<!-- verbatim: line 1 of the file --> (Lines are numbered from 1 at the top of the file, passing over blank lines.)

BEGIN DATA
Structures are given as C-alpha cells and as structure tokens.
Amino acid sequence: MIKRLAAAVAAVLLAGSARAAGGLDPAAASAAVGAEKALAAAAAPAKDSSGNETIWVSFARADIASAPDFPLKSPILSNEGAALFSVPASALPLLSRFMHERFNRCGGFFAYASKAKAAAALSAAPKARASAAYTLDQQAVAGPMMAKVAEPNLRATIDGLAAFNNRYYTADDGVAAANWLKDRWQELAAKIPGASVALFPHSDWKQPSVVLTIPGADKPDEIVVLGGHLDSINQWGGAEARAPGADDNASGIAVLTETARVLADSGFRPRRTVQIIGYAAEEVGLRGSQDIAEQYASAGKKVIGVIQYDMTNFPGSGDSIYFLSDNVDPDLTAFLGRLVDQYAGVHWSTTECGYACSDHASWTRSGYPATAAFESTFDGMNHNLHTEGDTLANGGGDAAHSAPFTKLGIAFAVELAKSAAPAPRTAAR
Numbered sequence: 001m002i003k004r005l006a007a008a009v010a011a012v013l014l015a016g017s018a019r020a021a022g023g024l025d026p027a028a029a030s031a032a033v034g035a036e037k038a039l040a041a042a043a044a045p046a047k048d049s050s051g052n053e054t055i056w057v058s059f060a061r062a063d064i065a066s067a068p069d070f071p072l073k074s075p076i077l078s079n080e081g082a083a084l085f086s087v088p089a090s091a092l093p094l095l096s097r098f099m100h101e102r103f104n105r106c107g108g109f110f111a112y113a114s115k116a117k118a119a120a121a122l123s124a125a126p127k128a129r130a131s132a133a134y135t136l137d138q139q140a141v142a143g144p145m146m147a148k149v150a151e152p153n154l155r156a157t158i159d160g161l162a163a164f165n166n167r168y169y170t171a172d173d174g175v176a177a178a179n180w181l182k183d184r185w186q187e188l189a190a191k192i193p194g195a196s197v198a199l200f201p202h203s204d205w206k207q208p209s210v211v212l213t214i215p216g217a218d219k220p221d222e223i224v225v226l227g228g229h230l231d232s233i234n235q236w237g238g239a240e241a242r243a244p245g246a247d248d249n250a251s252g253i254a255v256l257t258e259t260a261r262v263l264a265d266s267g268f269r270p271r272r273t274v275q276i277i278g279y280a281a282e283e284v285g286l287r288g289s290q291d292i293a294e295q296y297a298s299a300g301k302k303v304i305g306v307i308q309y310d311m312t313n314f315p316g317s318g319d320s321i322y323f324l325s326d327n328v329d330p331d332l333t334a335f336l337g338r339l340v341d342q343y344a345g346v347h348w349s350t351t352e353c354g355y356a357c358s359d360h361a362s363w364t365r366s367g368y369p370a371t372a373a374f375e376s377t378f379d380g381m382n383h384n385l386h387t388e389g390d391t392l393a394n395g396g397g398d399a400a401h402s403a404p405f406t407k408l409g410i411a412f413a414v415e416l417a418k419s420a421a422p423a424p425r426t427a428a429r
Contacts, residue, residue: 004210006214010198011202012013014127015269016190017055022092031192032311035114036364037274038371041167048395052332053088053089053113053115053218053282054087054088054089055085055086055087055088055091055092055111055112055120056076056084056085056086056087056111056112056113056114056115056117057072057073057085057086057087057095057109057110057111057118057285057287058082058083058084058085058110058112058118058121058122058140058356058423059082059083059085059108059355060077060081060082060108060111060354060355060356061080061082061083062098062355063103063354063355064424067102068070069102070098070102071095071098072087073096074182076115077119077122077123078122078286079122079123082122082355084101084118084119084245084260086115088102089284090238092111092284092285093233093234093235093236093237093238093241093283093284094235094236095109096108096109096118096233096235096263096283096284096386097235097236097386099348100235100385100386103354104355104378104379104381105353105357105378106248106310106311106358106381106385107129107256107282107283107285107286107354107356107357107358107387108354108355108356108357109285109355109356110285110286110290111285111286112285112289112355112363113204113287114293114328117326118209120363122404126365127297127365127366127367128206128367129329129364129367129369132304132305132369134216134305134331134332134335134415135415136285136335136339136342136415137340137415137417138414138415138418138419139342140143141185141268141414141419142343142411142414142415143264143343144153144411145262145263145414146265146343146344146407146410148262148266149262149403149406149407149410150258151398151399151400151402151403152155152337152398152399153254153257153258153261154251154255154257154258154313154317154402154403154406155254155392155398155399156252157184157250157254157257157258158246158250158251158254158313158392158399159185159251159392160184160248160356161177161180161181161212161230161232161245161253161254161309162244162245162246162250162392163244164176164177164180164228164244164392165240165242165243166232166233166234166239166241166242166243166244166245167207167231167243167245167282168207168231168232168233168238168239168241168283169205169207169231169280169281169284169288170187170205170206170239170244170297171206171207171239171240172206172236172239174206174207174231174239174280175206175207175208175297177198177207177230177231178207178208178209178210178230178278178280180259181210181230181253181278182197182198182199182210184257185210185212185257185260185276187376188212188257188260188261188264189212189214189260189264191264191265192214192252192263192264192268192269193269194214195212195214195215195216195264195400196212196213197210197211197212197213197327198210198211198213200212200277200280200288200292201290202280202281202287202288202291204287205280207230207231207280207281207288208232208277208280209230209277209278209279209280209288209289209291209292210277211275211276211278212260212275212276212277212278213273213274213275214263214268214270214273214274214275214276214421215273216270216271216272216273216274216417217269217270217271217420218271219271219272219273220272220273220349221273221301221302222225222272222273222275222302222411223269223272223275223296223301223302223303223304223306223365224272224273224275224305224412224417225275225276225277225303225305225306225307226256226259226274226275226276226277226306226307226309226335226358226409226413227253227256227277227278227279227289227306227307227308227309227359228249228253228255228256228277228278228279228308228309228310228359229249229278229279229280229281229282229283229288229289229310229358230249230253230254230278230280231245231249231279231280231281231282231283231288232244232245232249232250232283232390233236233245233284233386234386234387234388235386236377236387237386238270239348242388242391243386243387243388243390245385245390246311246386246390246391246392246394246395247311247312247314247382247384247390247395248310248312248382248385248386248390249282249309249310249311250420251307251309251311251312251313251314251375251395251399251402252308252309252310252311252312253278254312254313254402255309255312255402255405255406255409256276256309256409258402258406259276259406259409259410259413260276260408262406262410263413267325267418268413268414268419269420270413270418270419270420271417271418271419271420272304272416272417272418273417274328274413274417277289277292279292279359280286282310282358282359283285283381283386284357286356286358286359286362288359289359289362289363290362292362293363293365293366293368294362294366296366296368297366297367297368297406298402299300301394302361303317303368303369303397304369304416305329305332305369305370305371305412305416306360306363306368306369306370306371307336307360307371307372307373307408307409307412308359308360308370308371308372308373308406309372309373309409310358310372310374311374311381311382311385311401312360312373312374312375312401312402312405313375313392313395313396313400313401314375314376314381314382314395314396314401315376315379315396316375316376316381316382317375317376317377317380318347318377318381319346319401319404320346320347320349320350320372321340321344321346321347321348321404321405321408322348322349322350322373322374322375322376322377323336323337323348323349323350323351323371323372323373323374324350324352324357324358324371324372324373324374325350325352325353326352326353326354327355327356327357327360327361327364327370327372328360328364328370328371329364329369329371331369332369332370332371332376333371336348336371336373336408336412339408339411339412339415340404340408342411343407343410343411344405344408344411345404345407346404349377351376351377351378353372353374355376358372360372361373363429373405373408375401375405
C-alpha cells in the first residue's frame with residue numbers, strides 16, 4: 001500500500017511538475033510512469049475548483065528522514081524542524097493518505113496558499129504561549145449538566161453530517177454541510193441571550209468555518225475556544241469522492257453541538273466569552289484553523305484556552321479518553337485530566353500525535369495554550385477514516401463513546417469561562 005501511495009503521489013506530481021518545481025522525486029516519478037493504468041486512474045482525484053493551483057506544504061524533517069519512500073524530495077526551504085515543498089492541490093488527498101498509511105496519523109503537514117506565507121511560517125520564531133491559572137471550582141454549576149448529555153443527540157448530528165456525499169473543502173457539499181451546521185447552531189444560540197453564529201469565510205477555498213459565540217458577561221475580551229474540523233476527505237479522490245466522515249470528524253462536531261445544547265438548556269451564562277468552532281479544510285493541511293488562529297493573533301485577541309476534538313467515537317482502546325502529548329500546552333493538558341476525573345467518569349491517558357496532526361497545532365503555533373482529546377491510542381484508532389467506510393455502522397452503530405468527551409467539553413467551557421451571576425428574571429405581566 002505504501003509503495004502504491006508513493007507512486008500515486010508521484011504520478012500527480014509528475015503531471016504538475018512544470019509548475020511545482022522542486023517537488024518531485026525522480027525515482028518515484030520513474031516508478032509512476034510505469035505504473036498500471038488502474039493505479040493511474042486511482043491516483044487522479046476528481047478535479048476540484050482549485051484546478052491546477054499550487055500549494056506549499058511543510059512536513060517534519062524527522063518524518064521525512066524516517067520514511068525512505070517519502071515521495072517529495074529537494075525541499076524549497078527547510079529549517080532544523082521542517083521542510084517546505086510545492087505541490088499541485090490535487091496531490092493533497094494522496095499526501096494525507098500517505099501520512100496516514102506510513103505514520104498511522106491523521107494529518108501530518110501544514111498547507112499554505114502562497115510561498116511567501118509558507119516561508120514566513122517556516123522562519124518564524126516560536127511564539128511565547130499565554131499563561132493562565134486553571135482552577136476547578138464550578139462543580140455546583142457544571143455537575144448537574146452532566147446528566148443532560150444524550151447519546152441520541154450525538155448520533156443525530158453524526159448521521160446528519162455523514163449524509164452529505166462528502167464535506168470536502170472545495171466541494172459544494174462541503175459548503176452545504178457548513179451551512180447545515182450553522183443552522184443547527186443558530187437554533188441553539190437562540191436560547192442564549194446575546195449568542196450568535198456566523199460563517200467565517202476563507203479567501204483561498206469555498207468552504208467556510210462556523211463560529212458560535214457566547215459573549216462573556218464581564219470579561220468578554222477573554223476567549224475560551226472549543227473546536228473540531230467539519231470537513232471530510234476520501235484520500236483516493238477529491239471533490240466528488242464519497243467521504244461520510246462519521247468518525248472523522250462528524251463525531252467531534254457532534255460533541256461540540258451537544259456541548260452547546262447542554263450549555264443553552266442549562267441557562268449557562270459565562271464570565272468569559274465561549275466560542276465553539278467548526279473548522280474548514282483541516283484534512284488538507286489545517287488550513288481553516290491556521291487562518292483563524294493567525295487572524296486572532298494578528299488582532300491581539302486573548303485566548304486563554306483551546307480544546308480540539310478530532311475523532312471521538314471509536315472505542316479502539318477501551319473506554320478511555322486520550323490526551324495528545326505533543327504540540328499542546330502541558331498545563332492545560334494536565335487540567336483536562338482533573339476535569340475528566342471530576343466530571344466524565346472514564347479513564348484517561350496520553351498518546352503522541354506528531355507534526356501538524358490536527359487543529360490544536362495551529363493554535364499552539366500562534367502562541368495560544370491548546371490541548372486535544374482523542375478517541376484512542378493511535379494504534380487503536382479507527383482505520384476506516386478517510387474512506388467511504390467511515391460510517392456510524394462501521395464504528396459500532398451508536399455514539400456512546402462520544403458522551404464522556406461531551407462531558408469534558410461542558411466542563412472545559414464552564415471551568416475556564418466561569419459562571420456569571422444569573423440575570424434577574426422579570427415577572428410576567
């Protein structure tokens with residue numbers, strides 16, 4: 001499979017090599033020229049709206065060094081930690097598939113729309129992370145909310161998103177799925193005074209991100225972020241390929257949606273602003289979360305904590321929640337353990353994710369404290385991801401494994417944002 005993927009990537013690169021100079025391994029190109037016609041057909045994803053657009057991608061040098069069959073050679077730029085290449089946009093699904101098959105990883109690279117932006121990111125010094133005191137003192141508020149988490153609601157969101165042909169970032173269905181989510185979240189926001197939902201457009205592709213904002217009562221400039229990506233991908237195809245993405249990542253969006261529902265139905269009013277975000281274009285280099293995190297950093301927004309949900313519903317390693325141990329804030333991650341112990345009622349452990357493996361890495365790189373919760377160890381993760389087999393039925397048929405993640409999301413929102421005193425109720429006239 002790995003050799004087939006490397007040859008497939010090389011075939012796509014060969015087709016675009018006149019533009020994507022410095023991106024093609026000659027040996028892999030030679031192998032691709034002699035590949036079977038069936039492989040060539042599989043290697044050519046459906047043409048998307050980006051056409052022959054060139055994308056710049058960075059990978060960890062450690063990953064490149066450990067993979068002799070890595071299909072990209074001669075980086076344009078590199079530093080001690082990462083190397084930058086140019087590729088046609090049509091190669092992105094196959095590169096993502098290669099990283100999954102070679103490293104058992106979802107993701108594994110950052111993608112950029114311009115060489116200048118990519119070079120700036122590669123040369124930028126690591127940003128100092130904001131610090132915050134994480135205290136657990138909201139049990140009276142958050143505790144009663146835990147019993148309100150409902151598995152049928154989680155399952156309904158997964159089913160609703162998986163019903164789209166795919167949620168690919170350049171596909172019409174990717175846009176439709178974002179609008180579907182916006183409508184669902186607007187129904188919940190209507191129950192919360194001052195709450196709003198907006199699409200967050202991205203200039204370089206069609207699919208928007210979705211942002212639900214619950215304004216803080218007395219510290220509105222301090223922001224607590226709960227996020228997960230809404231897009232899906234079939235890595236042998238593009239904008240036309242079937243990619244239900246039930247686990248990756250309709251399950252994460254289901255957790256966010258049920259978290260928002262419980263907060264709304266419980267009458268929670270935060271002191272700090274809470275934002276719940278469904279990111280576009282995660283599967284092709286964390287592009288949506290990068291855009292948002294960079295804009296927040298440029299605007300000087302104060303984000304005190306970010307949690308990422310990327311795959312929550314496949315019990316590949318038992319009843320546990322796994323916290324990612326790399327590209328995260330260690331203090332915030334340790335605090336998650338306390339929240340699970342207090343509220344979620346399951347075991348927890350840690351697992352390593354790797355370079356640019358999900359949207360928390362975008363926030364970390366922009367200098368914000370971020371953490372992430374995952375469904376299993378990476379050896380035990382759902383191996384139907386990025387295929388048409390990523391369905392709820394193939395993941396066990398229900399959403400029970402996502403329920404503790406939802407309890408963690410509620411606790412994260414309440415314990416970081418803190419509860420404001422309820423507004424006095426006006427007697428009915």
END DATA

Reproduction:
Structures are given as C-alpha cells and as structure tokens.